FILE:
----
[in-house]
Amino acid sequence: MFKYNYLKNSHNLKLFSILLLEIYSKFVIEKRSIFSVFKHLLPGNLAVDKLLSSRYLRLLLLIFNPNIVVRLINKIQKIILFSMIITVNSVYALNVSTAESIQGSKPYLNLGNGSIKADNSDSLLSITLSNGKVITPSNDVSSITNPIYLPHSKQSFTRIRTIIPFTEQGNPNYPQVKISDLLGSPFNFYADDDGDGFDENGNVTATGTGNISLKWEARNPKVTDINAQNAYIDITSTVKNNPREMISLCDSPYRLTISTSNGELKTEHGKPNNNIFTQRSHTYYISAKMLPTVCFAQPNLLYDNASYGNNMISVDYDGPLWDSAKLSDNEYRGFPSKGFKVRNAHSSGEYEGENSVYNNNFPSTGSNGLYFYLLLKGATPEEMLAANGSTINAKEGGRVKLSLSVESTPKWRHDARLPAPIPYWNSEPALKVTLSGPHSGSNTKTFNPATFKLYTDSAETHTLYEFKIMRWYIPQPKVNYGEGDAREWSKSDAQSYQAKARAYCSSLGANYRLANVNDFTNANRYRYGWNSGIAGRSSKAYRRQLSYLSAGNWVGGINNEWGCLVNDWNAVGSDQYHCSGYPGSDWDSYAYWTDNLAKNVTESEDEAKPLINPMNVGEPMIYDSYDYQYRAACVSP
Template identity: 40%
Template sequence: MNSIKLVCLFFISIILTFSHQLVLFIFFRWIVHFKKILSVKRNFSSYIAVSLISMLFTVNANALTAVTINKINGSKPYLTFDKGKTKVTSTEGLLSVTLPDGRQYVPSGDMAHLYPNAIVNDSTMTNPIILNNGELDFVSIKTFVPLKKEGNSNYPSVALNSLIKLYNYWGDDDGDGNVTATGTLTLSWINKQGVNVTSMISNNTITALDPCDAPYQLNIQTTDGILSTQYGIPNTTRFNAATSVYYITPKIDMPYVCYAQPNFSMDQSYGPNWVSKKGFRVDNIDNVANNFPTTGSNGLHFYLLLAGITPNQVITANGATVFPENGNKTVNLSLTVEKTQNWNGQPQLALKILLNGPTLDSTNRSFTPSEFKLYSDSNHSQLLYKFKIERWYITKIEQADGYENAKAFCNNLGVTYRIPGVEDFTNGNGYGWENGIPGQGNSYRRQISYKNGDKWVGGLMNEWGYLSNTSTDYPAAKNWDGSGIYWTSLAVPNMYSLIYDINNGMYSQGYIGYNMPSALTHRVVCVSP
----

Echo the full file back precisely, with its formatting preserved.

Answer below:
[in-house]
Amino acid sequence: MFKYNYLKNSHNLKLFSILLLEIYSKFVIEKRSIFSVFKHLLPGNLAVDKLLSSRYLRLLLLIFNPNIVVRLINKIQKIILFSMIITVNSVYALNVSTAESIQGSKPYLNLGNGSIKADNSDSLLSITLSNGKVITPSNDVSSITNPIYLPHSKQSFTRIRTIIPFTEQGNPNYPQVKISDLLGSPFNFYADDDGDGFDENGNVTATGTGNISLKWEARNPKVTDINAQNAYIDITSTVKNNPREMISLCDSPYRLTISTSNGELKTEHGKPNNNIFTQRSHTYYISAKMLPTVCFAQPNLLYDNASYGNNMISVDYDGPLWDSAKLSDNEYRGFPSKGFKVRNAHSSGEYEGENSVYNNNFPSTGSNGLYFYLLLKGATPEEMLAANGSTINAKEGGRVKLSLSVESTPKWRHDARLPAPIPYWNSEPALKVTLSGPHSGSNTKTFNPATFKLYTDSAETHTLYEFKIMRWYIPQPKVNYGEGDAREWSKSDAQSYQAKARAYCSSLGANYRLANVNDFTNANRYRYGWNSGIAGRSSKAYRRQLSYLSAGNWVGGINNEWGCLVNDWNAVGSDQYHCSGYPGSDWDSYAYWTDNLAKNVTESEDEAKPLINPMNVGEPMIYDSYDYQYRAACVSP
Template identity: 40%
Template sequence: MNSIKLVCLFFISIILTFSHQLVLFIFFRWIVHFKKILSVKRNFSSYIAVSLISMLFTVNANALTAVTINKINGSKPYLTFDKGKTKVTSTEGLLSVTLPDGRQYVPSGDMAHLYPNAIVNDSTMTNPIILNNGELDFVSIKTFVPLKKEGNSNYPSVALNSLIKLYNYWGDDDGDGNVTATGTLTLSWINKQGVNVTSMISNNTITALDPCDAPYQLNIQTTDGILSTQYGIPNTTRFNAATSVYYITPKIDMPYVCYAQPNFSMDQSYGPNWVSKKGFRVDNIDNVANNFPTTGSNGLHFYLLLAGITPNQVITANGATVFPENGNKTVNLSLTVEKTQNWNGQPQLALKILLNGPTLDSTNRSFTPSEFKLYSDSNHSQLLYKFKIERWYITKIEQADGYENAKAFCNNLGVTYRIPGVEDFTNGNGYGWENGIPGQGNSYRRQISYKNGDKWVGGLMNEWGYLSNTSTDYPAAKNWDGSGIYWTSLAVPNMYSLIYDINNGMYSQGYIGYNMPSALTHRVVCVSP